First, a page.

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EU Economy: Quarterly review shows broadening recovery amid challenges

The economic situation in the EU has started gradually improving nearly two years ago, and most Member States have recently registered positive GDP growth according to a review published by the European Commission. Employment has started picking up, with improvements now materialising in most sectors.

The Commission’s latest Employment and Social Situation Quarterly Review highlights significant positive trends, such as the continuous fall in unemployment, the increase in permanent and full-time contracts, the decline in youth unemployment and also — for the first time since the onset of the crisis — the decline in long-term unemployment. However, considerable challenges remain, with levels of unemployment still high, and significant differences across Member States.

Commissioner for Employment, Social Affairs, etc. Marianne Thyssen commented: “This review reflects many encouraging signs in the labour market. 2.7 million jobs were recovered over the past two years. Nevertheless, there are still more than 23.8 million unemployed, including 12 million people who have been in this situation for more than a year, and every fifth young person on the labour market is without a job today”.

“Creating jobs and boosting growth is at the core of the Commission’s priorities: efforts initiated by the Investment Plan for Europe and the Youth Employment Initiative will be pursued further this year by dedicated initiatives to address long-term unemployment and facilitate labour mobility”.

Employment saw an increase in the vast majority of Member States in 2014, including in some of those with very high unemployment rates such as Greece (26.0%) and Spain (23.2%). It increased by 1.0% between the fourth quarter of 2013 and the fourth quarter of 2014. It was up 0.2% in the fourth quarter of 2014, compared to the previous quarter. 2.7 million jobs were recovered since employment levels in 2013 reached their lowest point, in the first quarter. Over the year, employment increased in both industry and services sectors. More than half of the growth in employment was due to permanent and full-time contracts.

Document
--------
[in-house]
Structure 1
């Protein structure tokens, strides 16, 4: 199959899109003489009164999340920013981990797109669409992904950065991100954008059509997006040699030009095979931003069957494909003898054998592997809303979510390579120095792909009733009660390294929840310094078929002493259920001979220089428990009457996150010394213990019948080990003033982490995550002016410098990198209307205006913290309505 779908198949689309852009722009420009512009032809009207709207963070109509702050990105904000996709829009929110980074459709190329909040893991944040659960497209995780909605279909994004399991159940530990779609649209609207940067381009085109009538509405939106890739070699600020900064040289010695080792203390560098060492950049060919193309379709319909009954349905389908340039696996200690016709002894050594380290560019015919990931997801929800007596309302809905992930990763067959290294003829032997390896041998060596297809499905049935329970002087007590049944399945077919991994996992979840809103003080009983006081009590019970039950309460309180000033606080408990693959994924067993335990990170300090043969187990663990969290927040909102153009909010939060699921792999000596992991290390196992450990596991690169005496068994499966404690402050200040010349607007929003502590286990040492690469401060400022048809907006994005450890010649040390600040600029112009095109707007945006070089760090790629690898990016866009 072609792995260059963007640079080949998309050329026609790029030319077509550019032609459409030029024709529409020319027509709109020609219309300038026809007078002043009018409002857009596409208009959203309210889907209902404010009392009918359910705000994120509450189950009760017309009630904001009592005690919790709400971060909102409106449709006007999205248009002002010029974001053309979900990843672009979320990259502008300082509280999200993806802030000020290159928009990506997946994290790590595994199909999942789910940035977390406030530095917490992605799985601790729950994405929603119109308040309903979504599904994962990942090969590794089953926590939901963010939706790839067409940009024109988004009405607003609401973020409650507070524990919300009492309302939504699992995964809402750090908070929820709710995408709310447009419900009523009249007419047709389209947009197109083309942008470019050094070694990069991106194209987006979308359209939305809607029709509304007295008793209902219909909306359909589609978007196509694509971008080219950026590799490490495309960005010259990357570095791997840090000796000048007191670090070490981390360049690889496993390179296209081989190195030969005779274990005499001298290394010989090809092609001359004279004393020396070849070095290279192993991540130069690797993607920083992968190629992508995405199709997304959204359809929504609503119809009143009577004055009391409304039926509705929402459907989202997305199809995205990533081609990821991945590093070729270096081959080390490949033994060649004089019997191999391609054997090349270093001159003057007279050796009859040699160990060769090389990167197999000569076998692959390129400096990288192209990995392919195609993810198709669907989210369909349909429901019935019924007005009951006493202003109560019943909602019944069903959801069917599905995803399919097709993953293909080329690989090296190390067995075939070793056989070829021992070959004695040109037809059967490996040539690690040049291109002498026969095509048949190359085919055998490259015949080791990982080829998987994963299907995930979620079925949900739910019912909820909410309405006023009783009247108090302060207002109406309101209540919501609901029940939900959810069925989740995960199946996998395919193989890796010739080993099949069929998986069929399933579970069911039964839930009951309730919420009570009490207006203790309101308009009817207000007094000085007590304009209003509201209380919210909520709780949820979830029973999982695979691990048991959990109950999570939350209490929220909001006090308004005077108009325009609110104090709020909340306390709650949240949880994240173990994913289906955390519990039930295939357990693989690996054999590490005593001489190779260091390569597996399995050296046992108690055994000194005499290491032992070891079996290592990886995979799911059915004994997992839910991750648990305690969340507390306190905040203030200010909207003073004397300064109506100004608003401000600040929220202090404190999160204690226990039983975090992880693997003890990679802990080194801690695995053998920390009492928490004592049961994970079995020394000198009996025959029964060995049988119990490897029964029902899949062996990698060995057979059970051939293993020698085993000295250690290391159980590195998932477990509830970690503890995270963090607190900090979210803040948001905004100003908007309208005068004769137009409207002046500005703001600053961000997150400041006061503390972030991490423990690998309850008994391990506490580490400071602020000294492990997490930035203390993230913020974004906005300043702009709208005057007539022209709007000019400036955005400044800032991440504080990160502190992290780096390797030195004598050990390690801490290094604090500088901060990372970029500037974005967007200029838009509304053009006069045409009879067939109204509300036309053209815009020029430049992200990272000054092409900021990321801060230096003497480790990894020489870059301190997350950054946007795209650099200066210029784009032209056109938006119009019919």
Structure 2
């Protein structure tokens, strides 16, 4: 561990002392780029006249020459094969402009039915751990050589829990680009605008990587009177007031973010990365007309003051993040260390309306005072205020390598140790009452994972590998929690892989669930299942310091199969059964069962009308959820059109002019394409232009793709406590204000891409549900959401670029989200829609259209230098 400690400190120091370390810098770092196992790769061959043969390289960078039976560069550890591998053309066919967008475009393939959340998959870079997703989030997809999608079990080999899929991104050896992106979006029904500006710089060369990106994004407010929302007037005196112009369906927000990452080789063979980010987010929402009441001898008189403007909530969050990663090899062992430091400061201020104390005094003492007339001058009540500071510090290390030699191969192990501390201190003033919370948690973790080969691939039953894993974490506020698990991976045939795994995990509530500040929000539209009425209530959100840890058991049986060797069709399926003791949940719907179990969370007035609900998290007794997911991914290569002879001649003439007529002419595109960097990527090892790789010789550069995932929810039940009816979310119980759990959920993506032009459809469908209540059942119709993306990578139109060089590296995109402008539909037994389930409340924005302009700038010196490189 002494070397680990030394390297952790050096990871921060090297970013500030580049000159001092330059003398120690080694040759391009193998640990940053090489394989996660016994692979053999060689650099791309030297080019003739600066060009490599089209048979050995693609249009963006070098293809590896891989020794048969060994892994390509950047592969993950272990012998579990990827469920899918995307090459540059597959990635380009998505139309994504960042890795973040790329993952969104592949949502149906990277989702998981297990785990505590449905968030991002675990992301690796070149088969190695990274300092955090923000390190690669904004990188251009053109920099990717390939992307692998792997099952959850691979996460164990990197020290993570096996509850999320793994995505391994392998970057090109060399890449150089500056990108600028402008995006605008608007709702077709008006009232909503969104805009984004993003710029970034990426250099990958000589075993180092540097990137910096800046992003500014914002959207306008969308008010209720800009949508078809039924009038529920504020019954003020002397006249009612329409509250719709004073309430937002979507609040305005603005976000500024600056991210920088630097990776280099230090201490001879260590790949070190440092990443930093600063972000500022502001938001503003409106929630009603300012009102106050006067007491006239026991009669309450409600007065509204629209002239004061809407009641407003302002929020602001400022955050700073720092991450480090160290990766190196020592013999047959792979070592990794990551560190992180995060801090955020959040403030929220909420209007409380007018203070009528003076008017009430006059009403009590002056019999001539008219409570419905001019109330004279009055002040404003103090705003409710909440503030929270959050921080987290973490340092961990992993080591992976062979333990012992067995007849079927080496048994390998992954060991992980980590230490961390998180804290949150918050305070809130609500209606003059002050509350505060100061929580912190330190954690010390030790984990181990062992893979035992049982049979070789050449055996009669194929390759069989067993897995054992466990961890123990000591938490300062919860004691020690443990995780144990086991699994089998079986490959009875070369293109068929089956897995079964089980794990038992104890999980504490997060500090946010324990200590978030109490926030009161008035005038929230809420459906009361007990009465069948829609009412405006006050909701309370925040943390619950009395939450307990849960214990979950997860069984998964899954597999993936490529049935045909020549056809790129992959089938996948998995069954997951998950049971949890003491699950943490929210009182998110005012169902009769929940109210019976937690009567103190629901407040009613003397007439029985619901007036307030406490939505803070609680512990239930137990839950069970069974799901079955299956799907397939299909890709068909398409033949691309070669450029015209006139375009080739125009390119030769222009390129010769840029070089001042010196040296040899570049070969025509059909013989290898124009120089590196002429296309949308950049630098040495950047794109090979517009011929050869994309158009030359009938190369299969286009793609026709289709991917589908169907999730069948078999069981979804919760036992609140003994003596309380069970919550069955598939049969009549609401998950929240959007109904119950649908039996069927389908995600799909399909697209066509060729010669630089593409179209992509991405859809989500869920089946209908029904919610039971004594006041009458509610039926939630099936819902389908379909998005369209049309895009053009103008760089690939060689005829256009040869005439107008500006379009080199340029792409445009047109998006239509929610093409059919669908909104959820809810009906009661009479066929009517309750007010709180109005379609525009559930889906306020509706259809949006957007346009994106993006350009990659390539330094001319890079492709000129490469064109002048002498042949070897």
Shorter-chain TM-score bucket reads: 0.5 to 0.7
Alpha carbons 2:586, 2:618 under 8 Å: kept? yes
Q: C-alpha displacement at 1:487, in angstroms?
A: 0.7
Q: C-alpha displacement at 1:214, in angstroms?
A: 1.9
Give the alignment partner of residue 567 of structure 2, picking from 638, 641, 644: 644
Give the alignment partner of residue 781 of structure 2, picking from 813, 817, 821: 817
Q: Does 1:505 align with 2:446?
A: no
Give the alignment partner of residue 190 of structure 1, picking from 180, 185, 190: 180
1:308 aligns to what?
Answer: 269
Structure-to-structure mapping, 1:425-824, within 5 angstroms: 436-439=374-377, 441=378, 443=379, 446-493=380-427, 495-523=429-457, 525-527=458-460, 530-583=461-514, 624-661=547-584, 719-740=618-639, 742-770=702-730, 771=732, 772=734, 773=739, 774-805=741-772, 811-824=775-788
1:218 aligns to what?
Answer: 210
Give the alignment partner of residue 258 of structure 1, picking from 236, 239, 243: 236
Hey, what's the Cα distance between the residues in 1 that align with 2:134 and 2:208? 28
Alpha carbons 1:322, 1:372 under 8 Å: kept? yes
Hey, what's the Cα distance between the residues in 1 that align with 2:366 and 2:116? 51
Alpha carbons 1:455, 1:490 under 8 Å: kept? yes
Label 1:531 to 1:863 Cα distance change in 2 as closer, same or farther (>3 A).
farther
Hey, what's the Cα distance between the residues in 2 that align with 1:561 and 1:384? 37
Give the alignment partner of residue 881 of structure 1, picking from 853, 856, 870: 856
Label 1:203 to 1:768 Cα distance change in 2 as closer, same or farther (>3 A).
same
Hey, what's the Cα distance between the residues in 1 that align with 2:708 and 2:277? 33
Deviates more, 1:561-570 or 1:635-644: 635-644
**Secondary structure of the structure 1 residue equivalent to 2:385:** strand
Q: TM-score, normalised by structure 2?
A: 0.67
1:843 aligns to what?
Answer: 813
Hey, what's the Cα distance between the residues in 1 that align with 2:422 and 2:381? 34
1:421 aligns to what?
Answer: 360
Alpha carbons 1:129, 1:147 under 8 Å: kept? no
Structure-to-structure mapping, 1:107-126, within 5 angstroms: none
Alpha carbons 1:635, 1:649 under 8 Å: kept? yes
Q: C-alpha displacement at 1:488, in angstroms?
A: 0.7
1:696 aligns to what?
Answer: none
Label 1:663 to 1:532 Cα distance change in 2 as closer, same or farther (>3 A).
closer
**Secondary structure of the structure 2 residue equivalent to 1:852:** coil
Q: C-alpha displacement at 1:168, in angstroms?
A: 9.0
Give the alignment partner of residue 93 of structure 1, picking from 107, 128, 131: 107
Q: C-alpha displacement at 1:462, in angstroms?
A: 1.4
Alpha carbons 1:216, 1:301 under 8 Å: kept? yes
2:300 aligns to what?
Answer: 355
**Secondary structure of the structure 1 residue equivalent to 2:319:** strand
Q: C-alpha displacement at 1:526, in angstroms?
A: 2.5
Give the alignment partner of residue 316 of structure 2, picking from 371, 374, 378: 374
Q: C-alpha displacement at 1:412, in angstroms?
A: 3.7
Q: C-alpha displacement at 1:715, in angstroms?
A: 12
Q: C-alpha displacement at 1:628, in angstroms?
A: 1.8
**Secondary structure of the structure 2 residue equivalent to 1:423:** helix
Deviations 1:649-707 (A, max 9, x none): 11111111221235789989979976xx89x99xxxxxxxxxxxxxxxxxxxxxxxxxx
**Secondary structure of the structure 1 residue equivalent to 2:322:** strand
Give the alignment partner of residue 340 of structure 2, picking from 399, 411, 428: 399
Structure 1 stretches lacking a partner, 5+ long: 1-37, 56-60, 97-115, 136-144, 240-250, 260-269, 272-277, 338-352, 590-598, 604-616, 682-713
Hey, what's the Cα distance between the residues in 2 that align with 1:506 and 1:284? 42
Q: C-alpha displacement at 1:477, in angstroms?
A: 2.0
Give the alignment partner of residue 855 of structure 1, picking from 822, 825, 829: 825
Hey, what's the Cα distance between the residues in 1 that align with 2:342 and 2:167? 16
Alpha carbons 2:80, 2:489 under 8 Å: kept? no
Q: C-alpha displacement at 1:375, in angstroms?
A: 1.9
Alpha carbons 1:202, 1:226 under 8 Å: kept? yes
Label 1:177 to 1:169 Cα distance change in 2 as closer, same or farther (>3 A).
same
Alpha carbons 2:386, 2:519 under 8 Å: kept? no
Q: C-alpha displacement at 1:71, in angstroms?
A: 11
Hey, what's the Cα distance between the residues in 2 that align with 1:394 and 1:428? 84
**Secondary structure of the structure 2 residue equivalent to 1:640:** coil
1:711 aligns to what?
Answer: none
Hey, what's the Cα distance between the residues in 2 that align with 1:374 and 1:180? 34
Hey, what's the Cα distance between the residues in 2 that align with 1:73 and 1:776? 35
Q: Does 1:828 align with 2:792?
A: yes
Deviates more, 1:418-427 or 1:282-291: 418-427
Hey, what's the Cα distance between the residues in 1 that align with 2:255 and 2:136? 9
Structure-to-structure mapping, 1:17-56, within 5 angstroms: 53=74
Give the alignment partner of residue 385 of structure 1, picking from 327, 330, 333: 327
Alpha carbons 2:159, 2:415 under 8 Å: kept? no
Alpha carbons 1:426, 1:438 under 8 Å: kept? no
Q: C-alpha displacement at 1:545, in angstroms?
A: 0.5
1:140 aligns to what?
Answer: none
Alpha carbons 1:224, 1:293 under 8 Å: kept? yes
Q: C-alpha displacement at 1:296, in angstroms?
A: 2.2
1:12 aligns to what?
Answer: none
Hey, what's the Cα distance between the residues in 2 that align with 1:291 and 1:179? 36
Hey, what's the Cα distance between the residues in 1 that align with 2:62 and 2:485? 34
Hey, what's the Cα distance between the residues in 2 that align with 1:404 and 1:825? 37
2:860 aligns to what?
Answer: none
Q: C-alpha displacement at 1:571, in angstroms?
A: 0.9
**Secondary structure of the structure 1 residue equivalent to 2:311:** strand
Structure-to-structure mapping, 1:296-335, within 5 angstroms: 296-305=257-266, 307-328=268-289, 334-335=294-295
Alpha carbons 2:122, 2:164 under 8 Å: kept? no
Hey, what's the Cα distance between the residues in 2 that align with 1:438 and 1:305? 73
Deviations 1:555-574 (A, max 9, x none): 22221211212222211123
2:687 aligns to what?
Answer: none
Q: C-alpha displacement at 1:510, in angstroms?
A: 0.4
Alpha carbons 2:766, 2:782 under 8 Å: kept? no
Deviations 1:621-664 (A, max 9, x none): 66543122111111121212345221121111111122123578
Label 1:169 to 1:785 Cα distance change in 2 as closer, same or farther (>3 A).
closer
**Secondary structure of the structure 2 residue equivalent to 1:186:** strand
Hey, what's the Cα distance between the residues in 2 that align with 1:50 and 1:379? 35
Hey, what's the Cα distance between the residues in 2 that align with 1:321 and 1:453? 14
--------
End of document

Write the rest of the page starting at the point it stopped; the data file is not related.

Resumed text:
Unemployment rates still vary a lot across the EU with the lowest unemployment recorded in Germany (4.8%) and Austria (5.3%), and the highest in Greece (26.0% in December 2014) and Spain (23.2%).

Long-term unemployment[1] fell slightly by 0.2 percentage points between the third quarter of 2013 and the same quarter of 2014, according to the latest figures available. However, it remains a challenge, standing at 4.9%. More than half of the unemployed people in the EU — up to 12.4 million people — have been out of work for more than a year. Of these, more than 6 million have been unemployed for more than two years. Rates remain very high in some Member States like Greece (19%), Spain (12.6%), Croatia (9.7%), Slovakia (9%), Portugal (8%), Italy (7.4%) and Cyprus (7.8%).

The unemployment rate of young people has been falling since 2013 in the EU as a whole and in most Member States, but remains too high (21.1%). In order to speed up the implementation of the Youth Guarantee, the European Commission proposed in February to make €1 billion euro available from the Youth Employment Initiative as early as this year. Under the Youth Guarantee, Member States have committed to ensure that all young people under 25 get a good-quality, concrete offer for a job, apprenticeship,traineeship, or continued education, within 4 months of leaving formal education or becoming unemployed.

In line with economic and employment improvements, the growth in household income has continued at a faster pace, mainly driven by the growth in employment. However, the level of households reporting suffering from financial distress (needing to draw on savings or to run into debt to cover current expenditures) remained unchanged, and even intensified for those households with lower incomes.

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